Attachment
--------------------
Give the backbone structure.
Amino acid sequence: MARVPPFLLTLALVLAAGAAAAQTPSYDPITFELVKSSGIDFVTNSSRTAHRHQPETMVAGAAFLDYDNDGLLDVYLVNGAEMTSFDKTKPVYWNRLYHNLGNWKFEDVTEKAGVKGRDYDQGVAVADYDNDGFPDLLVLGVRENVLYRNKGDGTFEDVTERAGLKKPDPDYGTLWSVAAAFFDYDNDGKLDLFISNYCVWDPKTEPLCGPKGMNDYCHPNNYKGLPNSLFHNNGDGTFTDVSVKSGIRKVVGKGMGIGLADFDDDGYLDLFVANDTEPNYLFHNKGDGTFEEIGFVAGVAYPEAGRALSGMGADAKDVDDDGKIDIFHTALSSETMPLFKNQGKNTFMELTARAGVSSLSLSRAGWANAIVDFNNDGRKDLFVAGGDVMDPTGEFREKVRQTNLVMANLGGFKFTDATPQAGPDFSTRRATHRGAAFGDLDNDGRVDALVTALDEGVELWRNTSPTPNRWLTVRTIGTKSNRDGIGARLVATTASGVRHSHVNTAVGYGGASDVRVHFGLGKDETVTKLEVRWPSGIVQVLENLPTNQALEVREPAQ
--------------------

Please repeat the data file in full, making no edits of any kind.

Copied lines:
Give the backbone structure.
Amino acid sequence: MARVPPFLLTLALVLAAGAAAAQTPSYDPITFELVKSSGIDFVTNSSRTAHRHQPETMVAGAAFLDYDNDGLLDVYLVNGAEMTSFDKTKPVYWNRLYHNLGNWKFEDVTEKAGVKGRDYDQGVAVADYDNDGFPDLLVLGVRENVLYRNKGDGTFEDVTERAGLKKPDPDYGTLWSVAAAFFDYDNDGKLDLFISNYCVWDPKTEPLCGPKGMNDYCHPNNYKGLPNSLFHNNGDGTFTDVSVKSGIRKVVGKGMGIGLADFDDDGYLDLFVANDTEPNYLFHNKGDGTFEEIGFVAGVAYPEAGRALSGMGADAKDVDDDGKIDIFHTALSSETMPLFKNQGKNTFMELTARAGVSSLSLSRAGWANAIVDFNNDGRKDLFVAGGDVMDPTGEFREKVRQTNLVMANLGGFKFTDATPQAGPDFSTRRATHRGAAFGDLDNDGRVDALVTALDEGVELWRNTSPTPNRWLTVRTIGTKSNRDGIGARLVATTASGVRHSHVNTAVGYGGASDVRVHFGLGKDETVTKLEVRWPSGIVQVLENLPTNQALEVREPAQ